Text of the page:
by Robin Wilner
I came into the world with music in my veins. Genetics seemed to predetermine my future profession as a dancer/singer – grandma was a symphony pianist, grandpa was a cantor, mom played guitar, sang and taught music in elementary schools. So it’s no wonder that I was drawn to music as a means of expressing myself – physically, emotionally, and spiritually. Our family sang traditional prayers together during the holidays; pop music always bellowed from the car stereo or at home during dinner; a classical pianist accompanied my daily dance classes. From as far back as I can remember, music and dance were integral part of my life. Movement and singing were a means of connecting to the world from a very young age, making sense of the overwhelming feelings that accompany young adulthood, and articulating myself as a creative being as I matured.
Music is a universal language, it touches people of all different races and creeds and social backgrounds. The piercing beauty of an opera singer’s soprano can bring a room to tears; a rock and roll band can inspire entire generations towards creating change; a drumbeat builds anticipation, church bells signify joyous celebration, the cello may accompany a somber affair. What we hear has the power to affect how we feel, and music itself can break through barriers. And so it is that many spiritual practices seek higher states of consciousness through sound.
The “yoga of sound” or Nada Yoga, is a meditative practice that involves deep internal listening for the sacred sound of the Divine within – known as the anahata nada. Through purification of the mind, one might tap into the central energy channel (sushumna) and begin to hear this unstruck sound in the ear of the heart.
While this intense practice can be challenging, a more accessible practice for the modern yogi is the ahata nada yoga practice, which involves listening to external sounds. All life creates its own music – the whisper of the wind or crashing of waves, the chirping of birds and buzzing of bees, the rustling of leaves or a crackling fire, a giggling child. Whether we listen to nature or the soulful melodies of voices and instruments in harmony, we can strengthen our ability for internal listening and concentration and, in essence, experience more peace and tranquility.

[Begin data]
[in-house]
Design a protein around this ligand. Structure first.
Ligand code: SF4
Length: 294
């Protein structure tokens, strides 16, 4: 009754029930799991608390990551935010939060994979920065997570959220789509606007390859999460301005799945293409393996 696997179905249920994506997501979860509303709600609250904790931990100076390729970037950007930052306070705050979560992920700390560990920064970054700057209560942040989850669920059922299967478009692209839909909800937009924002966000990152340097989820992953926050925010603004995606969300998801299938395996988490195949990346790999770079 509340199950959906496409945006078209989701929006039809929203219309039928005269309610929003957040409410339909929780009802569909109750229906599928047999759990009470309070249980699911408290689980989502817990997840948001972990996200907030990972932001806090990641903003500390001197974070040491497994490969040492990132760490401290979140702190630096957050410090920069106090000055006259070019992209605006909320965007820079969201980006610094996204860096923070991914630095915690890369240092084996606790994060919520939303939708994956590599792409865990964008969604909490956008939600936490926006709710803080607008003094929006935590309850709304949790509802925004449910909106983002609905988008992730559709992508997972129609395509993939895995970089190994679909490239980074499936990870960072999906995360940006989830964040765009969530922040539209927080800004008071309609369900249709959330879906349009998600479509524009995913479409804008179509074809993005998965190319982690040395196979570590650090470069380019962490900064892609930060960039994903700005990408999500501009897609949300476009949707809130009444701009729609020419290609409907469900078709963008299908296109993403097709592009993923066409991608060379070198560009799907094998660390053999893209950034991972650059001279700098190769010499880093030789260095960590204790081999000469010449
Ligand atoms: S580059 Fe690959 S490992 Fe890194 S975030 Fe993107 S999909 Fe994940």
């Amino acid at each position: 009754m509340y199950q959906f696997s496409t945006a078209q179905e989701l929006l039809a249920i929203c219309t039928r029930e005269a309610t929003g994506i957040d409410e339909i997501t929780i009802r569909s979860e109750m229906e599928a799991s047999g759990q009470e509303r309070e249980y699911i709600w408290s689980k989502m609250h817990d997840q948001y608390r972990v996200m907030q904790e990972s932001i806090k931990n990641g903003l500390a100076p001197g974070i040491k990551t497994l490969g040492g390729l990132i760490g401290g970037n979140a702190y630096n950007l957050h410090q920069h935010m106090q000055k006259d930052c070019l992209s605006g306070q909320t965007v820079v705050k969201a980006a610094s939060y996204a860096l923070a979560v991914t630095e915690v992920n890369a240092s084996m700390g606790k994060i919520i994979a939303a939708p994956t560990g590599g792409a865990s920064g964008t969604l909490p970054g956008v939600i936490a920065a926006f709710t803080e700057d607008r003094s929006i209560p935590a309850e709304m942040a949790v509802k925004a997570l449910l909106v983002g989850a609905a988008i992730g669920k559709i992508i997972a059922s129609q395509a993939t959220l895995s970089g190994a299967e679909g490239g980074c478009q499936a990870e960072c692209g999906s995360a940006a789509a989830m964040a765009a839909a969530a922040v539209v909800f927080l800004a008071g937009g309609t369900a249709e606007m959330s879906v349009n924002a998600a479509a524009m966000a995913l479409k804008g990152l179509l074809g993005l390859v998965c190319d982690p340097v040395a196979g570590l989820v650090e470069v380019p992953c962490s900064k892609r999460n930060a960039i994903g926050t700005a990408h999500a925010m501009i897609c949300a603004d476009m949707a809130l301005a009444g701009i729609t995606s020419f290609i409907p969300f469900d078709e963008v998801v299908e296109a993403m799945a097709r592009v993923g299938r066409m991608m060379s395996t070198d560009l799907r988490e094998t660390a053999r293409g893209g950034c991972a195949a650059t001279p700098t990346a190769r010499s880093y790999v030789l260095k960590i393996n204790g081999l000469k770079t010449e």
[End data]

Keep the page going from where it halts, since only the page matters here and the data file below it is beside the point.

Whether I’m feeling joy, sadness, anxiety, fear, anticipation, or exhilaration, music has always been my greatest companion. There are songs whose poetic lyrics force me to sing along. As soon as I hear a fierce pulsating rhythm, my hips start to sway and I feel the intense desire to move. Sometimes I simply need to be still and listen, and it’s the graceful harmony of bells and strings that bring me to a state of quiet calm. Other times, I come to sit at my harmonium and chant various names of the Divine in the spiritually charged language of Sanskrit. The droning of the chords creates a soothing vibration and the melodies somehow write themselves.
Sound is merely vibration….vibration is energy…and energy is life force, which connects all living things. A series of sounds in harmony can create a portal for our spiritual healing. Whether you croon, chant, play an instrument, clap, tap, boogie or rap, let your heart resonate with the rhythm of your soul. The more we can open our outer and inner ears to the vibrations of Life, the greater our capacity to enjoy it. As the late Robin Williams said, “You know what music is? God’s little reminder that there’s something else besides us in this universe; harmonic connection between all living beings, everywhere, even in the stars.”
Robin Wilner is a former Broadway dancer/singer/actress who took a leap of faith, moved to the west coast, and is devoted to teaching and practicing yoga. Mixing her dance background with a love of chanting, meditative healing, and philosophy, she strives to lead her students to a state of being that reflects their own inner radiance. Flow with Robin on Mondays & Fridays at 12pm, Tuesdays & Thursdays at 9am, Fridays at 5:30pm or Sundays at 10am.